Okay, so at that point Mark pretty much had to talk me off the ledge (which, in retrospect, wasn’t hard to do since we live in a one-story house). I decided then and there that whatever happened to the book was just meant to be and that I had done everything I could short of dancing naked in the middle of Pike Place Market holding up a cardboard cutout of the book cover and offering free booze to passersby.

Hmmm…maybe…um, nah. Seattle’s too damn cold.

Then, a miracle happened. Somewhere, somehow, something clicked and downloads started to do a kind of a crazy zig-zag on the report page. One day, sales tripled, the next day they sank back to post launch. The next day sales tripled again, but then the weekend hit and sales tanked. By this time, I was feeling all zen about the launch and I figured, hey, sales were sales and I should concentrate on the next book, forget about it all, immerse myself in the world of Leine once again, do what makes me happy. Basically, I adopted a fuck it attitude and let it go (cue song from Frozen)

Frozen gifThe following Monday sales increased seven-fold and have been growing ever since. As I write this, the whole series is selling well. I rooted around to see if The Body Market somehow made it onto any big lists on the ‘Zon, but I couldn’t find it anywhere other than the usual suspects like Mystery, Thriller & Suspense>Crime and Thrillers>Assassinations, so I’m stymied. Now, I’m not naïve enough to believe the rate of downloads will last, but I’m supremely happy knowing the series is reaching more readers than ever and can’t wait to see how far the 4th book in the series will go. I wish I could point to one thing I did right, or even a few things, but hell if I know. I’ll probably do a lot of the same stuff for the next launch, but don’t expect it to follow the same patterns. The timing will be different, for one thing, so who knows what’ll happen?

I think that whole unknown is what intrigues me about this business. Predictable, it’s not.

So how about you guys? What are your launch strategies? Are you doing anything different? If so, what’s working and what isn’t?


The Body Market: Prepare to Launch

Cover for The Body Market

I’m ecstatic to announce that The Body Market is now available for pre-order on Amazon at the SPECIAL PRE-ORDER price of $ .99 (iBooks, BN, KOBO coming soon) After release day (January 8) the price goes up to $3.99, so get yours today 😀

You’re welcome.

Holy crap is getting a book ready for publication a LOT of work. Like anything painful, you forget in the interim how much hard work each book takes. Fun, yes, but a helluva lot of details. Not only do you have to keep track of the twisty plot and sub-plots, and all those pesky character details, but once all the writing’s done, there’s an effing checklist you have to go over (and over) in order to get your ducks in a row to publish.

Especially when you’re attempting a pre-order. As we all pretty well know by now, I am NOT a patient woman. Waiting for much of anything drives me to drink (short drive) and I will do anything, ANYTHING to keep from having to do so. The microwave is my best friend and I’m known for finishing dinner waaaay before anyone else at the table. (Okay, that may be a holdover from when I worked in the restaurant industry. There’s only so much time to take a break so you can stuff food into your mouth during a busy shift.) So why the hell did I decide to do a pre-order?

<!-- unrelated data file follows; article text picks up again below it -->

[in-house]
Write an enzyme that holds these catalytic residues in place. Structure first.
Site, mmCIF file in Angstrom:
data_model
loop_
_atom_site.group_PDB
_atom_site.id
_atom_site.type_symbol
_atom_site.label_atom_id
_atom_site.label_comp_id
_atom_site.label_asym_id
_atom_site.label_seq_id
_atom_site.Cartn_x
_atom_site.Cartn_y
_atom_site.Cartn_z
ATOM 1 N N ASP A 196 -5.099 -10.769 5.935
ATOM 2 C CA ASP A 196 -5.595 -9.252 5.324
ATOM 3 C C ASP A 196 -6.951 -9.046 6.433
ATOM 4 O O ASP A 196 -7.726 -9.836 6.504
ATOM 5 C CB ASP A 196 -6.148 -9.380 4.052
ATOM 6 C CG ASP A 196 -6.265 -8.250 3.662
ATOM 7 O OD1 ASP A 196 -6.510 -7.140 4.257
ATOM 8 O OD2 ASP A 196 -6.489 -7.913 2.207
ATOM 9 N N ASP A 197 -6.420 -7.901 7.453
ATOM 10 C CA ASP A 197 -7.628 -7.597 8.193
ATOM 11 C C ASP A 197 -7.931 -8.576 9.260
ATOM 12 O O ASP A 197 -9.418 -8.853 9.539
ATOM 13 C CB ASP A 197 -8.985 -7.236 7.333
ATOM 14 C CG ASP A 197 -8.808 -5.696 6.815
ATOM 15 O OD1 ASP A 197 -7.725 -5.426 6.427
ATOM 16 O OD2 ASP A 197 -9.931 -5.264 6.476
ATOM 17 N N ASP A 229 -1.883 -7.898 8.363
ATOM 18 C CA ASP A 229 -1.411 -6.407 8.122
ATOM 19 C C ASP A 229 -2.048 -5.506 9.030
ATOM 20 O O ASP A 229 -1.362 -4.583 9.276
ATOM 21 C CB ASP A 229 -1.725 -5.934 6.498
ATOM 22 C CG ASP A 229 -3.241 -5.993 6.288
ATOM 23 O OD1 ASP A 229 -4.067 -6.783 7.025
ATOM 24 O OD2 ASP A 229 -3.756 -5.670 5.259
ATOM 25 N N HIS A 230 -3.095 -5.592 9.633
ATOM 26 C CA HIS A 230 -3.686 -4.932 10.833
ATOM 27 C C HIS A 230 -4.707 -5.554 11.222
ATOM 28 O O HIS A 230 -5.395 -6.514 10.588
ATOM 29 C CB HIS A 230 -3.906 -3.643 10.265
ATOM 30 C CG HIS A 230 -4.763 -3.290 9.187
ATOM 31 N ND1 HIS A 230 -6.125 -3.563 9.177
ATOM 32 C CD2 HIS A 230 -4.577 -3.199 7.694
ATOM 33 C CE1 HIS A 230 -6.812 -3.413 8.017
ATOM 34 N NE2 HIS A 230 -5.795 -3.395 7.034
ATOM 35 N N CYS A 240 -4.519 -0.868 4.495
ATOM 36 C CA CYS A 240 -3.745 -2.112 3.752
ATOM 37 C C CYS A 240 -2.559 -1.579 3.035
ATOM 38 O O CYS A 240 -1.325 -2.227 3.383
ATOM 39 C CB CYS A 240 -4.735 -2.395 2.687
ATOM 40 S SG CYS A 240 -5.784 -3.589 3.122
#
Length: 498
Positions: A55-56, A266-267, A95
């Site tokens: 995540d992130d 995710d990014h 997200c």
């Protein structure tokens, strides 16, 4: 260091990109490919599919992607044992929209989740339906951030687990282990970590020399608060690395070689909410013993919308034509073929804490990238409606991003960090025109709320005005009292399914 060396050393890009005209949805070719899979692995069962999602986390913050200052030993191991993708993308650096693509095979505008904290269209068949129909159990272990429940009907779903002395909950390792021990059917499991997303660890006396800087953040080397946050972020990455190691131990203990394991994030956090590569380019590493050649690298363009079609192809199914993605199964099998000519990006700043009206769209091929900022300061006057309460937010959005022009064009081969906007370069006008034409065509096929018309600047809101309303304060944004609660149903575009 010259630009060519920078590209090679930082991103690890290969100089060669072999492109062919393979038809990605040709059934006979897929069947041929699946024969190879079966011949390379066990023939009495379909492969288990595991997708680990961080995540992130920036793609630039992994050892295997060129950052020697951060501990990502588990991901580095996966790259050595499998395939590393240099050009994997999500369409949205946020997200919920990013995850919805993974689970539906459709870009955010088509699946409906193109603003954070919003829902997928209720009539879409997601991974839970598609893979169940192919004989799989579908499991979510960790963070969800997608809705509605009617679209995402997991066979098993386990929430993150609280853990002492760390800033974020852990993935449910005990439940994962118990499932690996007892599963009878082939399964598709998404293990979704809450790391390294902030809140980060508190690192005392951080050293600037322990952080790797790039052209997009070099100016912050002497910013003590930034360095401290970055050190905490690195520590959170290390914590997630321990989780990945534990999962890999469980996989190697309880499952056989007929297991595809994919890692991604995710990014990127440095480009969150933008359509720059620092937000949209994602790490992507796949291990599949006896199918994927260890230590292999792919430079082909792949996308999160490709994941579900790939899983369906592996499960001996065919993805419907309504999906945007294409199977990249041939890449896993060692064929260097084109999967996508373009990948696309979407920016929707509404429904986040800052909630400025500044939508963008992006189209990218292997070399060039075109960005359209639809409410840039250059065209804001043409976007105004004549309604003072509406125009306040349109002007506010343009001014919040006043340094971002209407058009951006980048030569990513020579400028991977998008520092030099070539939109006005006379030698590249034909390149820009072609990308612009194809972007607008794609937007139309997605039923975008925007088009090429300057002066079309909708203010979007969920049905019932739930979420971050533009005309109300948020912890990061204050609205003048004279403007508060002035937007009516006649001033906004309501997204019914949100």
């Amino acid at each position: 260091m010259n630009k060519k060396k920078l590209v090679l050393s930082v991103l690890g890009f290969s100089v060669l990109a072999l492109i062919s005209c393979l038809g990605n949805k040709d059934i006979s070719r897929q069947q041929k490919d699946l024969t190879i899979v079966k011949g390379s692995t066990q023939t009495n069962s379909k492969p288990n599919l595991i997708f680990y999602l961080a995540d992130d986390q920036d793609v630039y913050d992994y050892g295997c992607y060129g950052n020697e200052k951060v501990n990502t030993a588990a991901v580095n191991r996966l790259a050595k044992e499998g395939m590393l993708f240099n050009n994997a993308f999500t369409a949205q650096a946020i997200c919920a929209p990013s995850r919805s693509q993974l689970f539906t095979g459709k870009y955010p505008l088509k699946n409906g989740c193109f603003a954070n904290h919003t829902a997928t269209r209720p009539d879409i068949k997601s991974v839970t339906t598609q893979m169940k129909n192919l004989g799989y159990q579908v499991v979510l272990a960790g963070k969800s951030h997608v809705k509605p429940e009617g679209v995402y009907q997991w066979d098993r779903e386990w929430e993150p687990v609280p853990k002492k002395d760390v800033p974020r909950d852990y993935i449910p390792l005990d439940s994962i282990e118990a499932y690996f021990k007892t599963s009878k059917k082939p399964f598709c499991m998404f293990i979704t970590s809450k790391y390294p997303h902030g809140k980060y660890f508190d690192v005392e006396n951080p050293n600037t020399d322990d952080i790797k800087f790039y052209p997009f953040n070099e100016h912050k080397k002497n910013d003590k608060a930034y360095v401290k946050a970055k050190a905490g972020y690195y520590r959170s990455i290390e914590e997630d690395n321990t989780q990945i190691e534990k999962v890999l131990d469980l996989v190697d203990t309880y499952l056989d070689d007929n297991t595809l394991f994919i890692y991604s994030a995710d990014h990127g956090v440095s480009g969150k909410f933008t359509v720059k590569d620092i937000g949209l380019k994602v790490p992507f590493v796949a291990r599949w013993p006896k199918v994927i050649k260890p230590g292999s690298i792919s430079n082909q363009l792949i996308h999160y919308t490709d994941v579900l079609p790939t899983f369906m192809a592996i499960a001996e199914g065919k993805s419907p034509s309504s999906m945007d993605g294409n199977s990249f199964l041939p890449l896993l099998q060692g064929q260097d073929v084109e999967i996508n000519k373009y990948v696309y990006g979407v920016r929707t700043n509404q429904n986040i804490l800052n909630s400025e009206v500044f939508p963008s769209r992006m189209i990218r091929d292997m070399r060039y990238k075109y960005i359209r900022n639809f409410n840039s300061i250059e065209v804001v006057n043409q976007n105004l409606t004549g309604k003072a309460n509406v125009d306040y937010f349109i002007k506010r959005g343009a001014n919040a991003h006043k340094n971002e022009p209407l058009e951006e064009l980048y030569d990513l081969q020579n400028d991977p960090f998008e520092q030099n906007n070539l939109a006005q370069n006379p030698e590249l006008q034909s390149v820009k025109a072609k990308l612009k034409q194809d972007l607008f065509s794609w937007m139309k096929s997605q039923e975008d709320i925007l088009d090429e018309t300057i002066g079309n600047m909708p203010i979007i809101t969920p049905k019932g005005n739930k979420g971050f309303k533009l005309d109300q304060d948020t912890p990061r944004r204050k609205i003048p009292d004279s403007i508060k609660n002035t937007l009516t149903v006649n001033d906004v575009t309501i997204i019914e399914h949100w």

I have no idea. It sounded like fun at the time.

Ah, the halcyon days when I thought all I had to do to when I wrote The End was to make sure the book was edited, dream up a description and a suitable cover, format it so it would work in Smashword’s meatgrinder, do a couple of blog posts, and voila! Published book!

Now? Not so much. As they say, the more you know, the more you know.

Ack.

So now, in addition to stuff like work with my (awesome) editor, create a cover, write the description and tagline, and format the eBook, I get to:

  1. update the back matter in all of my other books with links to the new title–on Amazon, Smashwords, BN, etc.;
  2. re-format my other books because I’m doing things a little differently now, and want to be consistent (which I’m beginning to think is HIGHLY overrated);
  3. change covers in the series to more effectively ‘brand’ them (don’t you just hate the word brand? These are not steers, for crying out loud);
  4. get my newsletter ready and generate coupons, write copy, etc. (you too can participate in coupon therapy: join my newsletter and I’ll send you exclusive subscriber stuff, too! The next one’s due out Saturday…)
  5. work on blog posts and contact virtual book tour companies to set up something because, you know, I’m actually ahead of the game this time. Sort of… ;
  6. contact reviewers and send out Advance Reader Copies (ARC) for release day reviews. **Note: If you’re interested in reading and reviewing The Body Market by January 8 and will post your review on Amazon and/or any of the other sites on that same day, shoot me an email at dvb (at) dvberkom (dot) com and I’d be more than happy to send you an ARC in any e-format you’d like 🙂 ;
  7. create a print cover and interior files so the print version will be available around the release date;
  8. Do a GoodReads giveaway;